Friday, December 21, 2012

The Overview Effect

So, if you know me, then you know how embarrassingly excited I can get about The World. I'm always happy snapping clouds, sunsets, plants and flowers, and pointing out colours and shapes to any close by me. Like I said, embarrassingly excited. The thing is that I just can't get over how beautiful our environment is - and in that I include art and buildings and gardens and museums and design and all those urban things as well. I mean, I live in a city now and I'd be foolish and naive not to find beauty and purpose here.

The thing is that paying attention to the world around me and locating myself as a part of that helps me keep perspective when things go to shit. It gives me a sense of connectedness, place, rhythms, time and cycles of life.

So imagine how stoked this film, The Overview Effect, made me feel! (via but does it float)

From the website:
On the 40th anniversary of the famous 'Blue Marble' photograph taken of Earth from space, Planetary Collective presents a short film documenting astronauts  life-changing stories of seeing the earth from the outside - a perspective-altering experience often described as the Overview Effect... Common features of the experience are a feeling of awe for the planet, a profound understanding of the interconnection of all life, and a renewed sense of responsibility for taking care of the environment.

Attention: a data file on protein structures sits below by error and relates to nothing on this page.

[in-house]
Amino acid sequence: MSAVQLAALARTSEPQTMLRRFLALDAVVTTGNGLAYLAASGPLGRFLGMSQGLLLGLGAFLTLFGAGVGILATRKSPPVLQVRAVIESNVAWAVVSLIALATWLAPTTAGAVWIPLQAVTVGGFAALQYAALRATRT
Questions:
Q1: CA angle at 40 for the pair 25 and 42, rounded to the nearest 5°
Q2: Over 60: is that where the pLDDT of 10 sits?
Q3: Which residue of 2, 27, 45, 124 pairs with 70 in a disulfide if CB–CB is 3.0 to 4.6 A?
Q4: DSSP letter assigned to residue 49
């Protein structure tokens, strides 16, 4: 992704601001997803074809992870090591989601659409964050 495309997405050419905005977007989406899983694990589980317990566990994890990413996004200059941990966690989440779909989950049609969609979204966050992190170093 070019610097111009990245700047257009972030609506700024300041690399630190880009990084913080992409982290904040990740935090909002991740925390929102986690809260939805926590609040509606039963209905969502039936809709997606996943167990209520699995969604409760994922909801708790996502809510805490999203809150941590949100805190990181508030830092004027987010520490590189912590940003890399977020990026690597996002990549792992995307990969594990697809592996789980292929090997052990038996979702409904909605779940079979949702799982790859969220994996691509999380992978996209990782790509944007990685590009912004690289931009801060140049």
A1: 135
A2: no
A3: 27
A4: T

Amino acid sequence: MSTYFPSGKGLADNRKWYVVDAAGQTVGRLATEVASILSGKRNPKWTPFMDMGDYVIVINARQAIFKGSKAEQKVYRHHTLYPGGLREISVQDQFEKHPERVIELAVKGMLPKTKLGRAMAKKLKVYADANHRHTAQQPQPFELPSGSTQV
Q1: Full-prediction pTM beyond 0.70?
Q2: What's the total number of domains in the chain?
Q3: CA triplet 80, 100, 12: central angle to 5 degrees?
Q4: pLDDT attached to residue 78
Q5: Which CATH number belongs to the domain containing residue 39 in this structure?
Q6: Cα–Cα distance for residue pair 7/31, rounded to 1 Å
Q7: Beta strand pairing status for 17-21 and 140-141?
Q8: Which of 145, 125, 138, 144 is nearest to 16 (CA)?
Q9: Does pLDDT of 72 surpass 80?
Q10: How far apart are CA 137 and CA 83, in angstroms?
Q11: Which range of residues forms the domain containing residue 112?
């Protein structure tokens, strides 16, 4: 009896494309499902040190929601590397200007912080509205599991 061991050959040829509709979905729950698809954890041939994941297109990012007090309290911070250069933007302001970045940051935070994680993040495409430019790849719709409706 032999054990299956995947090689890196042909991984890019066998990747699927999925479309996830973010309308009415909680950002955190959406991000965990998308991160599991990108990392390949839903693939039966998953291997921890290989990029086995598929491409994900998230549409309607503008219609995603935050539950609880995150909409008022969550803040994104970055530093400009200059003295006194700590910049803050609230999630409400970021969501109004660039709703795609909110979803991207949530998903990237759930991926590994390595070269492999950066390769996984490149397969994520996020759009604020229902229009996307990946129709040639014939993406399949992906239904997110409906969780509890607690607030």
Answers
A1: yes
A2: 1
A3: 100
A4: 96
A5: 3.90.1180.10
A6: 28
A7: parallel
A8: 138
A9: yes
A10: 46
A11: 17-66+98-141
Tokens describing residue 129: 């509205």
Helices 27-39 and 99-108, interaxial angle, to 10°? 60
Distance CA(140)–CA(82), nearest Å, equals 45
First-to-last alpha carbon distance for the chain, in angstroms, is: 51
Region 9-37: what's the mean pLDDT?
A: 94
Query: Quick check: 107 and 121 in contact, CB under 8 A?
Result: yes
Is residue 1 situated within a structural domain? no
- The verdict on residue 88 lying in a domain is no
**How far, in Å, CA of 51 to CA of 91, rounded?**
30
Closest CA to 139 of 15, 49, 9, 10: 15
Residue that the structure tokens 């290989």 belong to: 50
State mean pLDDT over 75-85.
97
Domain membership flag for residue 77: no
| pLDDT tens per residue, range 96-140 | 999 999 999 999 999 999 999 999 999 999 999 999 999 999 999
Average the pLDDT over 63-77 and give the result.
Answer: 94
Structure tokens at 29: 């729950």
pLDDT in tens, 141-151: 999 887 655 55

This film runs for 20 minutes and I strongly recommend that you take some time out from your day to watch it. The images are completely mesmerising, but besides that (as my friend Jen just pointed out), the astronauts they interview are highly intelligent people who have been through loads of training and testing and education to get to where they are. As is clear from the ways they describe the universe, they make sense of it using physics, astronomy and philosophy. Like, the moment when Edgar Mitchell describes looking out the shuttle window and really feeling the astronomical and philosophical understandings that we all came from the stars, that we merely are all stardust... Mind blown!

My friend, Marcus has long argued that all world leaders and politicians should have to view the earth from space, and he's totally right.


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